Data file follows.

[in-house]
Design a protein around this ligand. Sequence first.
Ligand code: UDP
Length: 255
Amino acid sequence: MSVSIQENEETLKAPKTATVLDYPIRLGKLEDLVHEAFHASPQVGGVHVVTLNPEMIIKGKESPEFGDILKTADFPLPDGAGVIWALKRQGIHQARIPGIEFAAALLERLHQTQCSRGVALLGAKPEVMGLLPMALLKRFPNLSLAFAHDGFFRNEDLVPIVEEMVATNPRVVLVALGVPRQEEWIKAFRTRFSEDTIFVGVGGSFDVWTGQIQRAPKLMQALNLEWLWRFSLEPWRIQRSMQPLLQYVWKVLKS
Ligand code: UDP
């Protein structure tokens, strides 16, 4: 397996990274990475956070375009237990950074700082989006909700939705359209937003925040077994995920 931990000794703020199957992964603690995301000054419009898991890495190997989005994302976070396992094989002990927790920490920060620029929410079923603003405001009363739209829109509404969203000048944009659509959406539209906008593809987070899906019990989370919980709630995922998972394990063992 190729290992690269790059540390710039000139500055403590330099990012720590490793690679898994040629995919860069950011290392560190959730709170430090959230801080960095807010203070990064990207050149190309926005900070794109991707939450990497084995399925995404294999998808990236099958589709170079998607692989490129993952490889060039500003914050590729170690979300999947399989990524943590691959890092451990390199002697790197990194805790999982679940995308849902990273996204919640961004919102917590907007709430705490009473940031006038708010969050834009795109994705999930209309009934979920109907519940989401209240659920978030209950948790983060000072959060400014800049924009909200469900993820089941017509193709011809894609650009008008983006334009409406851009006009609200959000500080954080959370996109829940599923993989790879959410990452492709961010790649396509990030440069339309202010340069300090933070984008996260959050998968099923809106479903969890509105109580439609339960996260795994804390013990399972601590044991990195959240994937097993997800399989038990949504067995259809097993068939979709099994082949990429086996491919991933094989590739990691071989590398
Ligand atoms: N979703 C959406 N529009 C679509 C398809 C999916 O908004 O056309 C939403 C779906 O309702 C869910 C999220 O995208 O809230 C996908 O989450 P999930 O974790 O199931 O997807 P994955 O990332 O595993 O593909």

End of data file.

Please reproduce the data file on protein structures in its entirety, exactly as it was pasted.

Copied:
[in-house]
Design a protein around this ligand. Sequence first.
Ligand code: UDP
Length: 255
Amino acid sequence: MSVSIQENEETLKAPKTATVLDYPIRLGKLEDLVHEAFHASPQVGGVHVVTLNPEMIIKGKESPEFGDILKTADFPLPDGAGVIWALKRQGIHQARIPGIEFAAALLERLHQTQCSRGVALLGAKPEVMGLLPMALLKRFPNLSLAFAHDGFFRNEDLVPIVEEMVATNPRVVLVALGVPRQEEWIKAFRTRFSEDTIFVGVGGSFDVWTGQIQRAPKLMQALNLEWLWRFSLEPWRIQRSMQPLLQYVWKVLKS
Ligand code: UDP
């Protein structure tokens, strides 16, 4: 397996990274990475956070375009237990950074700082989006909700939705359209937003925040077994995920 931990000794703020199957992964603690995301000054419009898991890495190997989005994302976070396992094989002990927790920490920060620029929410079923603003405001009363739209829109509404969203000048944009659509959406539209906008593809987070899906019990989370919980709630995922998972394990063992 190729290992690269790059540390710039000139500055403590330099990012720590490793690679898994040629995919860069950011290392560190959730709170430090959230801080960095807010203070990064990207050149190309926005900070794109991707939450990497084995399925995404294999998808990236099958589709170079998607692989490129993952490889060039500003914050590729170690979300999947399989990524943590691959890092451990390199002697790197990194805790999982679940995308849902990273996204919640961004919102917590907007709430705490009473940031006038708010969050834009795109994705999930209309009934979920109907519940989401209240659920978030209950948790983060000072959060400014800049924009909200469900993820089941017509193709011809894609650009008008983006334009409406851009006009609200959000500080954080959370996109829940599923993989790879959410990452492709961010790649396509990030440069339309202010340069300090933070984008996260959050998968099923809106479903969890509105109580439609339960996260795994804390013990399972601590044991990195959240994937097993997800399989038990949504067995259809097993068939979709099994082949990429086996491919991933094989590739990691071989590398
Ligand atoms: N979703 C959406 N529009 C679509 C398809 C999916 O908004 O056309 C939403 C779906 O309702 C869910 C999220 O995208 O809230 C996908 O989450 P999930 O974790 O199931 O997807 P994955 O990332 O595993 O593909």